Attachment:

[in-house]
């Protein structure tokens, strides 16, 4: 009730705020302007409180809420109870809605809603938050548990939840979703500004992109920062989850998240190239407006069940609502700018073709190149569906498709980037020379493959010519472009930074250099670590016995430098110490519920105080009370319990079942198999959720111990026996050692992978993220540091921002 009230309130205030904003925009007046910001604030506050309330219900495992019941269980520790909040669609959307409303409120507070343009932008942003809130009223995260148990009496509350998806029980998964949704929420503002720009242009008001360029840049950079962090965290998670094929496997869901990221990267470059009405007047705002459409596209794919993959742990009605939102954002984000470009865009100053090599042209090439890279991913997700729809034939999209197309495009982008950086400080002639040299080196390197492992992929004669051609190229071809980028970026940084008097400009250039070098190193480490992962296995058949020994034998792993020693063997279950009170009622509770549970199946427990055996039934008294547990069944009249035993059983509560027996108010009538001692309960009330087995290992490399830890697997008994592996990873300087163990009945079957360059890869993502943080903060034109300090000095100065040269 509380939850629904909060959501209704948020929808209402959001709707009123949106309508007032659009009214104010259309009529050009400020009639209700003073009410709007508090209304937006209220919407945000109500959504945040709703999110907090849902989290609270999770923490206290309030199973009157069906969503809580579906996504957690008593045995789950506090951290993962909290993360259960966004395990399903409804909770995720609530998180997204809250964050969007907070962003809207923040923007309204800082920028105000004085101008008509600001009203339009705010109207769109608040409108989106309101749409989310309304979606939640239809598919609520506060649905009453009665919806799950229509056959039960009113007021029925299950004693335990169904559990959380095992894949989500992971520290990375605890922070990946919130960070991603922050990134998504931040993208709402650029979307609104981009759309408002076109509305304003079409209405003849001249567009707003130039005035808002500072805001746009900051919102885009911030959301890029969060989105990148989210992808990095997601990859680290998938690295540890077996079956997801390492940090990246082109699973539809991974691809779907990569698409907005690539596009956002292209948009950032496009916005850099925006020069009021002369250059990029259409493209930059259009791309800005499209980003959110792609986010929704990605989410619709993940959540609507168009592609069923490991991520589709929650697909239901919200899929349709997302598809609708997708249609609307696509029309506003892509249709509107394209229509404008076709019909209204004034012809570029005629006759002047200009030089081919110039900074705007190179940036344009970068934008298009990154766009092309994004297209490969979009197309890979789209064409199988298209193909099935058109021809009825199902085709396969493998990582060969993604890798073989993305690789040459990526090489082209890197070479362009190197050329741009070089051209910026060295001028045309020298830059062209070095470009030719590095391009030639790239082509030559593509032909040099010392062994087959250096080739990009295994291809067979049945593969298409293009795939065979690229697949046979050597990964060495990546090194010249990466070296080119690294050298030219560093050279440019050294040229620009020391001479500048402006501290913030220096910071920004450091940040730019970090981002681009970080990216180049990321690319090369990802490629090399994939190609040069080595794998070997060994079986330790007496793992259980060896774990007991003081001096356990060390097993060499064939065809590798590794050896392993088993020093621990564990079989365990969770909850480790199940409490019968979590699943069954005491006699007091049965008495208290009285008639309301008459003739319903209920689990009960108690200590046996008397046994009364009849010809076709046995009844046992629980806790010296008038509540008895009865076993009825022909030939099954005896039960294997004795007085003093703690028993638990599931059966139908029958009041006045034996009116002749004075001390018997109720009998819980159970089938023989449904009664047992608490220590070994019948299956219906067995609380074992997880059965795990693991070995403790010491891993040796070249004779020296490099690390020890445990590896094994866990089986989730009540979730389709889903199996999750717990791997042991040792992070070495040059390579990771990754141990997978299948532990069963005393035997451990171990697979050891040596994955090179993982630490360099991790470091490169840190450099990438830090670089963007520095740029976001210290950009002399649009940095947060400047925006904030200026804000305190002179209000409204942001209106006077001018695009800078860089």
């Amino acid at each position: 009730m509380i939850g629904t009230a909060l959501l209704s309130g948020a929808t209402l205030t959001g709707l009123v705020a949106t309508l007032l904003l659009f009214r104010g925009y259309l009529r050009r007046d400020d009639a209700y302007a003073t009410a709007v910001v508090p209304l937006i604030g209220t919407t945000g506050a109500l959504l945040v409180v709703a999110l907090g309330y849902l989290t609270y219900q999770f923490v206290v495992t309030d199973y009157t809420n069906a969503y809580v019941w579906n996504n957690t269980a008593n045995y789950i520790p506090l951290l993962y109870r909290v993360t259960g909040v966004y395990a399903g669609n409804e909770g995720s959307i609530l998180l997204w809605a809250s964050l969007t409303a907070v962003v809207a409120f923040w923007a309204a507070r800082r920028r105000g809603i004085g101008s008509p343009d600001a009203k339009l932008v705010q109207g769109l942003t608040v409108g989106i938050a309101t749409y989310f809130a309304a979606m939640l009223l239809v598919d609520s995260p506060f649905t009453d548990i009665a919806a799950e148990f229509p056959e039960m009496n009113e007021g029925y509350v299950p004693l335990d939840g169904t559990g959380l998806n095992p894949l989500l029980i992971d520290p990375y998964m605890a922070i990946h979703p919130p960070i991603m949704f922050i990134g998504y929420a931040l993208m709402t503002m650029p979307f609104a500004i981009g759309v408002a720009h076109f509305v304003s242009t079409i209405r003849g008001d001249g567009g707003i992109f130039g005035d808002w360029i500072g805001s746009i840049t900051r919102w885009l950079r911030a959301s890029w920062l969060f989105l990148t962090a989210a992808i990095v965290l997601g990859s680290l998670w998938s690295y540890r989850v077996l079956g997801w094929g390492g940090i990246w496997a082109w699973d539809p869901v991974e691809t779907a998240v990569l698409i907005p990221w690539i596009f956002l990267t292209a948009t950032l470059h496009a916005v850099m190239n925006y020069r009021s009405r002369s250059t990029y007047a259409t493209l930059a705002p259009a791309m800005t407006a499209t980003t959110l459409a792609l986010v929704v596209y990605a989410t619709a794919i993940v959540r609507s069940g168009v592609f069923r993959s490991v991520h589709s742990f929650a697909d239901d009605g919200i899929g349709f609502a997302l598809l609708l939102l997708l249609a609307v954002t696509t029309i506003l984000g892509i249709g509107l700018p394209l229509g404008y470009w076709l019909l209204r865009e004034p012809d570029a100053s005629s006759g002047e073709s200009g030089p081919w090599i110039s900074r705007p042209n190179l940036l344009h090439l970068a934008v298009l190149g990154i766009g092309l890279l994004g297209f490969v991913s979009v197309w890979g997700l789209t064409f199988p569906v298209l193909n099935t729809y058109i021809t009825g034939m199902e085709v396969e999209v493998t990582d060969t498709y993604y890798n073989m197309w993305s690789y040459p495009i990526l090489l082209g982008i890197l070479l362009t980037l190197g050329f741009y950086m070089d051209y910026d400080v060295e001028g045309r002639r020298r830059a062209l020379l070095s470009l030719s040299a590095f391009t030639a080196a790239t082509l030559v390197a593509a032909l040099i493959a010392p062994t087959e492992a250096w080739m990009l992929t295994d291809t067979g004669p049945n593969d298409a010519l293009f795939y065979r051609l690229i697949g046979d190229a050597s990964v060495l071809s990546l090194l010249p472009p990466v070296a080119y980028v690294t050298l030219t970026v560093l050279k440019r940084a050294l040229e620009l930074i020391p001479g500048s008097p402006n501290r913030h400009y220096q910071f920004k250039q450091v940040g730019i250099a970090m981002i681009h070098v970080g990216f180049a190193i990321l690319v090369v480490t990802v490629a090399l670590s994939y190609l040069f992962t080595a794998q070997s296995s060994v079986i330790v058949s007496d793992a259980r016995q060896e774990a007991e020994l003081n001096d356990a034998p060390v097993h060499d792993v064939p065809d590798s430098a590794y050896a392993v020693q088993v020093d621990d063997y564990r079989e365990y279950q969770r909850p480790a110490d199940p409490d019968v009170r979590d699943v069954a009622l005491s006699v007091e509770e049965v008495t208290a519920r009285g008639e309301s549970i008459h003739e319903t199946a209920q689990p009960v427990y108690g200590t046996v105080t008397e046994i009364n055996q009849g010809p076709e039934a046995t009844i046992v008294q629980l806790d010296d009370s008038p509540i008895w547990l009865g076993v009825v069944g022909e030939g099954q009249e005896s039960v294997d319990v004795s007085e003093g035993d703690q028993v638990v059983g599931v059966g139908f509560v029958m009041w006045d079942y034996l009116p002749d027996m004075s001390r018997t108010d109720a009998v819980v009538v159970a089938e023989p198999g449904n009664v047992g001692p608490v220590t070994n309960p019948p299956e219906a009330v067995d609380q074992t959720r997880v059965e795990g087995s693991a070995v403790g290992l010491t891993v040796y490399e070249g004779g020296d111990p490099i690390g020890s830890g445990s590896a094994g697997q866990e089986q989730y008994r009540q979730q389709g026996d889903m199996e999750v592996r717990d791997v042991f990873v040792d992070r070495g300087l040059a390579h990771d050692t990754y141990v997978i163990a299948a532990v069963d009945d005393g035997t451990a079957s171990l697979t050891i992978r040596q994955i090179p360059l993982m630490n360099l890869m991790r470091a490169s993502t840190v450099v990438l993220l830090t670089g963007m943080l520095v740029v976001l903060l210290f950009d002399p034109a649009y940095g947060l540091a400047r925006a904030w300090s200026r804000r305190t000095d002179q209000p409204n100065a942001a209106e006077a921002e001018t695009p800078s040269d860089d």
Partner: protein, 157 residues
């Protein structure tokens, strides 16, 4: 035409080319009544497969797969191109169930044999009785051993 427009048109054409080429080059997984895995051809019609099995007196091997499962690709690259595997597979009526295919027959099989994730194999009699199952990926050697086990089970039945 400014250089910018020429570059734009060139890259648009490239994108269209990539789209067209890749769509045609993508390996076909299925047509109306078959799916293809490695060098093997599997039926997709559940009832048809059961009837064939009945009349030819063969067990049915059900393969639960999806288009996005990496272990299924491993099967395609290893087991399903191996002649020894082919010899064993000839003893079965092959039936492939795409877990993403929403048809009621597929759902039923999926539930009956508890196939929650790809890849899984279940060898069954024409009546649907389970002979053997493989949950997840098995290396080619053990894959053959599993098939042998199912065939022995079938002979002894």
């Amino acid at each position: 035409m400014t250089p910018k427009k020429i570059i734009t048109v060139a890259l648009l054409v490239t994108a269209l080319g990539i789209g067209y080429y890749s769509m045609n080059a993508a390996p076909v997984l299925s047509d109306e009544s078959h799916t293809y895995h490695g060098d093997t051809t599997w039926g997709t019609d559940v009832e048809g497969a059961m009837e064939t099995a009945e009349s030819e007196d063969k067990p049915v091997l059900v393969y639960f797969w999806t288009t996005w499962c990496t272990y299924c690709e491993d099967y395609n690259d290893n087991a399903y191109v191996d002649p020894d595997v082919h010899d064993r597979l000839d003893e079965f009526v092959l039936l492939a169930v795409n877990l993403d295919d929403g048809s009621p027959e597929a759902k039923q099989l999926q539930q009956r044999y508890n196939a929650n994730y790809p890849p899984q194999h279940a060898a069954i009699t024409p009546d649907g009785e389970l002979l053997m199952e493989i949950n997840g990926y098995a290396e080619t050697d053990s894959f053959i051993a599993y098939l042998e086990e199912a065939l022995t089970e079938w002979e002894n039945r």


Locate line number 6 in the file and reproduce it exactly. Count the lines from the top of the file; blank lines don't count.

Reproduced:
């Amino acid at each position: 035409m400014t250089p910018k427009k020429i570059i734009t048109v060139a890259l648009l054409v490239t994108a269209l080319g990539i789209g067209y080429y890749s769509m045609n080059a993508a390996p076909v997984l299925s047509d109306e009544s078959h799916t293809y895995h490695g060098d093997t051809t599997w039926g997709t019609d559940v009832e048809g497969a059961m009837e064939t099995a009945e009349s030819e007196d063969k067990p049915v091997l059900v393969y639960f797969w999806t288009t996005w499962c990496t272990y299924c690709e491993d099967y395609n690259d290893n087991a399903y191109v191996d002649p020894d595997v082919h010899d064993r597979l000839d003893e079965f009526v092959l039936l492939a169930v795409n877990l993403d295919d929403g048809s009621p027959e597929a759902k039923q099989l999926q539930q009956r044999y508890n196939a929650n994730y790809p890849p899984q194999h279940a060898a069954i009699t024409p009546d649907g009785e389970l002979l053997m199952e493989i949950n997840g990926y098995a290396e080619t050697d053990s894959f053959i051993a599993y098939l042998e086990e199912a065939l022995t089970e079938w002979e002894n039945r």